1 Paul and Timothy, slaves of Christ Jesus, to all the saints in Christ Jesus in Philippi with the overseers and deacons: 2 Grace to you and peace from God our Father and Lord Jesus Christ. Philippians 1:1-2 (translated from the NA28 Greek text)
In vv1-2 Paul and Timothy gives the standard Christian greeting that was very common in the early Church. Notice that it is from both Paul and Timothy, who identify themselves as δοῦλοι Χριστοῦ Ἰησοῦ (slaves of Christ Jesus), but it addressed to all the ἁγίοις ἐν Χριστῷ Ἰησοῦ (saints in Christ Jesus) at Philippi….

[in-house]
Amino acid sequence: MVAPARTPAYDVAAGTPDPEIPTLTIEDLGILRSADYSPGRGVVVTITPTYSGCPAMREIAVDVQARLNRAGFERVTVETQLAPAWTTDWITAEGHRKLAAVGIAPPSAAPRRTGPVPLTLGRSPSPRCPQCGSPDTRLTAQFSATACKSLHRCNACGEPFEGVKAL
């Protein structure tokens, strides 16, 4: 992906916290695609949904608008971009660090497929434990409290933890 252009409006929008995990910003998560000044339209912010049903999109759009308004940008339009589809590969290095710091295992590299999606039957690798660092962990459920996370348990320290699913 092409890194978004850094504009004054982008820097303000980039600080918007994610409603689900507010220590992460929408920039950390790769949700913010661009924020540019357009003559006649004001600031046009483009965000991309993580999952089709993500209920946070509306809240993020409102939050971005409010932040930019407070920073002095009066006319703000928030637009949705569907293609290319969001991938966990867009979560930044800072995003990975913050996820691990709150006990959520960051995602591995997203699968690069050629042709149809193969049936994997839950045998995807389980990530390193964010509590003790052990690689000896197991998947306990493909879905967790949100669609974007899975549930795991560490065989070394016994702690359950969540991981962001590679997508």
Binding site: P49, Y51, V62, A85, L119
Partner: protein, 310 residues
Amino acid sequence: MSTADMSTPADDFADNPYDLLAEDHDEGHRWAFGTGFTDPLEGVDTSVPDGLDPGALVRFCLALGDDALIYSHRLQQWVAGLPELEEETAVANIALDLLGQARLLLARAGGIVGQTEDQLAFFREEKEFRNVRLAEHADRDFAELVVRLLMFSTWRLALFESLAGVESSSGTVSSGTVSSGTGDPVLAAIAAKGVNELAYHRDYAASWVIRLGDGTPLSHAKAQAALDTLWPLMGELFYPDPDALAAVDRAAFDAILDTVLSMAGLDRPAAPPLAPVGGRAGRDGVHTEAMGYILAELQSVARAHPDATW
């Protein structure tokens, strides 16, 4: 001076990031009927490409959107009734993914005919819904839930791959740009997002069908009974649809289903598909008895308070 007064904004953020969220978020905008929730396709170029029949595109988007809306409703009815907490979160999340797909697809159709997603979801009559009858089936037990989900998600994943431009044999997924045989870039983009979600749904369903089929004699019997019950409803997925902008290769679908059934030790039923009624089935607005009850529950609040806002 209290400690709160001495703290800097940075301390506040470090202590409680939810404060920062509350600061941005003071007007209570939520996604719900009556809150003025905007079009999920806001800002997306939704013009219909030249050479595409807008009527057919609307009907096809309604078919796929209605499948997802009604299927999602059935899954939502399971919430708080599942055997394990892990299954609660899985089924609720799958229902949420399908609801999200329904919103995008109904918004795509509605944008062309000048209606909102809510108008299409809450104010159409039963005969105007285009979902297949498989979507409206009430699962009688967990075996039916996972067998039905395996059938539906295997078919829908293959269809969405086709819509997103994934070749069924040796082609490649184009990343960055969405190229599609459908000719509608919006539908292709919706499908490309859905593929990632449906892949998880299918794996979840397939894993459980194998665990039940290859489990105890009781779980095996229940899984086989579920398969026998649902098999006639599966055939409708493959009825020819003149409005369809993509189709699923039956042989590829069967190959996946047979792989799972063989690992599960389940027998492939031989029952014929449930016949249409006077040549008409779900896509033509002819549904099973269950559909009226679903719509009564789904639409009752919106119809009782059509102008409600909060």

The word “saints” translates ἁγίοις, which is actually a form of an adjective that means “holy.” That root word is ἅγιος (hagios), which in the Dative form, as used in this passage, designates “saints.” Paul used this word in Ephesians 2:19 saying, you are no longer strangers and aliens, but you are fellow citizens with the saints and members of the household of God. Who are the “overseers?” This is the Greek word ἐπισκόποις the Dative, Plural of ἐπίσκοπος (episkopos), “overseer, bishop.” In the Greek, it literally refers to someone who “looks over” or “watches over” a group of people. It is translated as “overseers” or “elders” in the church. Paul gives their qualifications in 1 Timothy 3:2 and Titus 1:7. What we must understand my brethren is that in 1 Peter 2:25, Peter refers to our Lord Jesus Christ as “the Shepherd and Overseer of your souls.” Therefore, Jesus is, the chief overseer of our lives. Those men who are appointed as elders and such in our churches function on His behalf and should use His life as a model.